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All Great Hitters Hit To The Opposite Field

What do Derek Jeter, David Wright and Albert Pujols have in common? They all let the ball get ‘deep’. What does that mean you ask? Letting a ball get deep in the strike zone means simply hitting the ball later. Too many young hitters are told to ‘go get the ball.’ In our training facility we teach all our hitters how to hit to the opposite field. Players think if they don’t get the ball early they’ll get jammed. That is simply not true. If you lunge or chop down on the ball you are taking your hands away from your body and creating a swing that is simply too long. If you learn to rotate your body instead of going forward you will keep your hands ‘inside’ the ball and you won’t get jammed. No matter what pitch you swing at, you must keep your hands inside the ball to be successful. How does Derek Jeter hit so many inside pitches to right field? He pulls his hands inside the ball.

Look at your son or daughters swing. Do they get jammed a lot? As a right-handed hitter do you hit a lot of groundballs to the shortstop? Can you hit the ball to right field at will, and with power?

Learning how to go to right field will increase your bat speed. By allowing the ball to ‘get deep’ in the strike zone, you are learning to hit the ball later, getting better rotation with your body and increasing your bat speed and power. This type of training will allow you to better turn on an inside pitch as well. We conduct over a thousand batting lessons a year for players of all ages from little leaguers to advanced college players. We teach each player how to hit the ball the other way.

Advantages of hitting the ball to the opposite field…
You get fooled less often since you are seeing the ball longer and committing to it later, you have more time to react.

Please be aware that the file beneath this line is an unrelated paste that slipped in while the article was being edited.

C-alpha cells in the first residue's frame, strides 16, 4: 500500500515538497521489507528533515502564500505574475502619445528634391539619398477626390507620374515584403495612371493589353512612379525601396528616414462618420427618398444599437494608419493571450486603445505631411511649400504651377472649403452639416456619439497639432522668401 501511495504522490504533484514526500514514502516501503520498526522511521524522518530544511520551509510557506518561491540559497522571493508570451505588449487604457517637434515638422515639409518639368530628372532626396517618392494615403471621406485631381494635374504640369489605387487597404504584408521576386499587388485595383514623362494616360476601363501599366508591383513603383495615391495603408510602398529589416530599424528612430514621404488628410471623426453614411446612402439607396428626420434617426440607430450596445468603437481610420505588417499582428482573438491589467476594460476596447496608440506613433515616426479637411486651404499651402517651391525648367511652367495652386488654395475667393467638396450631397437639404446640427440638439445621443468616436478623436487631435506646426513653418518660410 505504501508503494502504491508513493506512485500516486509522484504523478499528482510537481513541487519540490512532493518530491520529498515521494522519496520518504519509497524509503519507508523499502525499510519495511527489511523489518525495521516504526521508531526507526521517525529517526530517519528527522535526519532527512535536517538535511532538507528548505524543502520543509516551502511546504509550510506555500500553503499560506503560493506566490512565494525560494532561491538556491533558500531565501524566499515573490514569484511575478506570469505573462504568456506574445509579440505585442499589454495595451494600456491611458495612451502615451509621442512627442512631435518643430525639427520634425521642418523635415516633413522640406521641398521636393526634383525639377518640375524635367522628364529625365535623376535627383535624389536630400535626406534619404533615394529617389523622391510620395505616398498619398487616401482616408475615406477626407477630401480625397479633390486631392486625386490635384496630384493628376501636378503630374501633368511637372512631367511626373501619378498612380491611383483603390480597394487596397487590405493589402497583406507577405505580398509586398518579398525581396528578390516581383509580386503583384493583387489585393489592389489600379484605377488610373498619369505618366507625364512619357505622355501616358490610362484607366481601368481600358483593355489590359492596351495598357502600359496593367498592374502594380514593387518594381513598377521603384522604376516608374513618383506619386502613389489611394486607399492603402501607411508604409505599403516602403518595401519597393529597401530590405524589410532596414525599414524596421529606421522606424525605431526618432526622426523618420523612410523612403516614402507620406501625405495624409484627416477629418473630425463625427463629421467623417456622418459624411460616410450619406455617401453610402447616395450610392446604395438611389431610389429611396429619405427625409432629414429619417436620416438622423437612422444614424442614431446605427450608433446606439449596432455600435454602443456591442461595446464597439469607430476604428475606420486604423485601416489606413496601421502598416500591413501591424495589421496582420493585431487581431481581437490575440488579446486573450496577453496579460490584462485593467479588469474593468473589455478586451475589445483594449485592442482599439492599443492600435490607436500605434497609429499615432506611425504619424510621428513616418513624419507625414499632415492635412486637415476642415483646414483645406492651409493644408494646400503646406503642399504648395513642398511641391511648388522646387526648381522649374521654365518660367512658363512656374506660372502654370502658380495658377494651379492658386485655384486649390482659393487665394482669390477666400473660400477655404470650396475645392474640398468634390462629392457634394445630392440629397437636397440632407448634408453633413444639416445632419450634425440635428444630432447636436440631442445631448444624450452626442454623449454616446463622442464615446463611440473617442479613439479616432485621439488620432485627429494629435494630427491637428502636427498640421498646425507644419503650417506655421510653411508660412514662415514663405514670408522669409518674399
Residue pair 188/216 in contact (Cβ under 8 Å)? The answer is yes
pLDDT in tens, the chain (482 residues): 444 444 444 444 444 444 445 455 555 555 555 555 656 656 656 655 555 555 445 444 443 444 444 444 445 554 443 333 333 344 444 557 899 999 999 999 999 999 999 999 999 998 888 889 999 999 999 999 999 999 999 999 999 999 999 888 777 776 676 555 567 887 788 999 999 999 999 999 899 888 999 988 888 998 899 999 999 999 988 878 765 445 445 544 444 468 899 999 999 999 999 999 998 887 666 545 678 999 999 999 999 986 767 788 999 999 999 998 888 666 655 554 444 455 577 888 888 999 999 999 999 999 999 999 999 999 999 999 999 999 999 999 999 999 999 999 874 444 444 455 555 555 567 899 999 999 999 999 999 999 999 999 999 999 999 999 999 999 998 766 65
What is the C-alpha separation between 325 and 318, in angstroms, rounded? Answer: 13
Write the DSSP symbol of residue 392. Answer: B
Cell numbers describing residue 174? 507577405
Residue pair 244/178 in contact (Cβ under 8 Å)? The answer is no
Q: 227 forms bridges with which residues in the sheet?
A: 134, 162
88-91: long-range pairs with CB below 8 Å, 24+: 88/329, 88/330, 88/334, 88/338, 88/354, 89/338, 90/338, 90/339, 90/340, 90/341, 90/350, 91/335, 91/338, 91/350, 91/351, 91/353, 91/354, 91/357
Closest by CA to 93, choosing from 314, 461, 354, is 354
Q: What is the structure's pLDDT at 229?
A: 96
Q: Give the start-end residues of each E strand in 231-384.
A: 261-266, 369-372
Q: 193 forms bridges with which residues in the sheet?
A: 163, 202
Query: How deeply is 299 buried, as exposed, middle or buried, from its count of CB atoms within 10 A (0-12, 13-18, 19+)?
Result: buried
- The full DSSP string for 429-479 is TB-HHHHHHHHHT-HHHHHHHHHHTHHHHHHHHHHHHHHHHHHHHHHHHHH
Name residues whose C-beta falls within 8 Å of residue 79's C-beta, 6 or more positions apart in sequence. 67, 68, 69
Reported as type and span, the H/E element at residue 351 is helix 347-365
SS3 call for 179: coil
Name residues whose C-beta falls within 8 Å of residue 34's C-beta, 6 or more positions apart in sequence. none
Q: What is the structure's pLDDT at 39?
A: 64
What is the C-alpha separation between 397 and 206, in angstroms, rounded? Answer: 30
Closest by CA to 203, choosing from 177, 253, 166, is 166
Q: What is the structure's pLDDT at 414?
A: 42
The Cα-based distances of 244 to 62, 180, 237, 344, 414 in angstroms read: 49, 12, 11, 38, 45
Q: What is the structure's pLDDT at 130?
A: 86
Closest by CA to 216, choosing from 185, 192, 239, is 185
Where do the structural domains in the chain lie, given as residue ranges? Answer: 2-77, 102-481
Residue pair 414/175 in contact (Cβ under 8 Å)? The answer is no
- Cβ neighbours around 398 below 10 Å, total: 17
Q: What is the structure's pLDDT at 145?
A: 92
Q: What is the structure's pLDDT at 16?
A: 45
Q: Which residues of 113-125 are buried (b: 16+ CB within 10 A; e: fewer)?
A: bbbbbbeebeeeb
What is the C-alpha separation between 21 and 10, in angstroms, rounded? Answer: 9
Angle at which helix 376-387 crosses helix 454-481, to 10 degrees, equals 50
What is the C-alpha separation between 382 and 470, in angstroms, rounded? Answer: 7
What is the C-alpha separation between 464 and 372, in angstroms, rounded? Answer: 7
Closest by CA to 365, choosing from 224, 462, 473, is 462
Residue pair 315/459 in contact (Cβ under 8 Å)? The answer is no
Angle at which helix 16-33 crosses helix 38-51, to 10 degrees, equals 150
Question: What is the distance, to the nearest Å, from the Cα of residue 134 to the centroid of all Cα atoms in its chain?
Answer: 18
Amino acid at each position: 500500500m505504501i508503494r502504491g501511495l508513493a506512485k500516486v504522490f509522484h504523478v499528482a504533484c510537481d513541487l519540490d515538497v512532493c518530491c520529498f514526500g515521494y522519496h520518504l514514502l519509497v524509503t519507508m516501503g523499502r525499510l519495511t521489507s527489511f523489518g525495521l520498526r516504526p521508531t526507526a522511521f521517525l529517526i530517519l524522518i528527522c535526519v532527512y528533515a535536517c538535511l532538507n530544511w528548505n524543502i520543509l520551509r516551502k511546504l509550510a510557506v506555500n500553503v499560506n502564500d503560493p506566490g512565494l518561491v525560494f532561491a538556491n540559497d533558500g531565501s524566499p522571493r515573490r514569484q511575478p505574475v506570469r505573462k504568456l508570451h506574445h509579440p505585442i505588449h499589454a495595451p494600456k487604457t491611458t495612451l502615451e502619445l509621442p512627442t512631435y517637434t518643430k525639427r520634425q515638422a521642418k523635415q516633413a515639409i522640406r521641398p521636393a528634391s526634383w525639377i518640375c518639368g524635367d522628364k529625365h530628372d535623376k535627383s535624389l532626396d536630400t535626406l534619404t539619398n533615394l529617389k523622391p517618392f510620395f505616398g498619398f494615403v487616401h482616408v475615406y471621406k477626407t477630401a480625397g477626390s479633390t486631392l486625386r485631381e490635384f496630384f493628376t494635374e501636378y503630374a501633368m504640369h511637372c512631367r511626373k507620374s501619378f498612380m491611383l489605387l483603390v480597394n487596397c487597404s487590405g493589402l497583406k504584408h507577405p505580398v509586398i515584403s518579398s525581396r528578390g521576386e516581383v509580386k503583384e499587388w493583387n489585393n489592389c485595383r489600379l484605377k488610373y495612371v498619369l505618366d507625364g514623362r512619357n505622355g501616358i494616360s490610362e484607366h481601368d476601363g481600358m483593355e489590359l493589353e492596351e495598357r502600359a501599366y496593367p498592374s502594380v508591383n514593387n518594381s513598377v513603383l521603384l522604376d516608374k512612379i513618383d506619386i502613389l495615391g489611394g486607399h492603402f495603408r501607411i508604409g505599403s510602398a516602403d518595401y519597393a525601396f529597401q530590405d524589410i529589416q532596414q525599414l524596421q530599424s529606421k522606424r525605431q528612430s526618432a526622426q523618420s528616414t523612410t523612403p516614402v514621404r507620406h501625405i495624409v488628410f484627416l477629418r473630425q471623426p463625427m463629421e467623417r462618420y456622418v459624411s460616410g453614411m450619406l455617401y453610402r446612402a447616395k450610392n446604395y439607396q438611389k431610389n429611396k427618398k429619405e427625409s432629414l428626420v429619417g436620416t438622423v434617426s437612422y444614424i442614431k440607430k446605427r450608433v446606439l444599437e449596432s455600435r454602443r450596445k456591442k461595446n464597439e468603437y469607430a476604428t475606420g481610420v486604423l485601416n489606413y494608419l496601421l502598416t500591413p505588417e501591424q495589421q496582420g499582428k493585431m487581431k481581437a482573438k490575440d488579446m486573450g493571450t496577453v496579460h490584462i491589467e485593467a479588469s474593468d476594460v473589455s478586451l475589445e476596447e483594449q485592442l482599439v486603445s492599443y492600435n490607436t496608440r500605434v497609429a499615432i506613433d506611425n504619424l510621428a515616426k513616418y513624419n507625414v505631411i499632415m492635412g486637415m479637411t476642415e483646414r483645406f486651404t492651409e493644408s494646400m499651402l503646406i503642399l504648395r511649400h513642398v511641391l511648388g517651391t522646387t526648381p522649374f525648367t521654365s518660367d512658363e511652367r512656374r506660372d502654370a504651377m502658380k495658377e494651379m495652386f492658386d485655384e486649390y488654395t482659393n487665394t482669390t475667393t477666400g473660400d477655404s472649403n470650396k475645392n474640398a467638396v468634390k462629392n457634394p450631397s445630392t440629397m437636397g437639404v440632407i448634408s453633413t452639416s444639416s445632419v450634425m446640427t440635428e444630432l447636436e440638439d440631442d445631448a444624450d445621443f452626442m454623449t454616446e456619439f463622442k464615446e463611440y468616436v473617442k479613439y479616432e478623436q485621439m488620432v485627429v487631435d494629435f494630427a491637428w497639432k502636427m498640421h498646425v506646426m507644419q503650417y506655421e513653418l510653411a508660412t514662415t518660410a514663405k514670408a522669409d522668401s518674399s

You hit more balls fair.
You get jammed less often.
You keep your hands inside the ball.
You get increased bat speed.
You strike out less often.
You can now hit behind the runner in certain situations thus helping your team.

Derek Jeter is a right field hitter. Albert Pujols spends all of spring training ‘not pulling the ball.’ David Wright is trying to drive the ball the other way each time up. We’re not saying that you shouldn’t pull the ball. We’re simply trying to teach you skills that will allow you to play at a higher level. We don’t mind our hitters looking for a pitch that they can pull when they’re ahead in the count or in other situations. We want our hitters to be well rounded and no player’s swing is complete unless they are proficient at hitting the ball the other way.

You simply cannot reach your potential as a hitter unless you learn to hit the ball to the opposite field. Next time you take batting practice, take the first 5 pitches the other way. Do that every time you take batting practice. If you want to be a great hitter, do what great hitters do, learn to hit the ball to the opposite field. Some parents or coaches will argue that a player will lose power if they hit the other way. If you’re a little league parent, ask yourself how many kids in your league hit the ball over the fence last year. Was it one or two or maybe even five times? The truth is, some kids will never have homerun power. But we still teach all our players whether they are power hitters or not to be able to go with the pitch. It will increase your batting average, make you a tougher out for the pitcher and will improve your bat speed which gives you more power!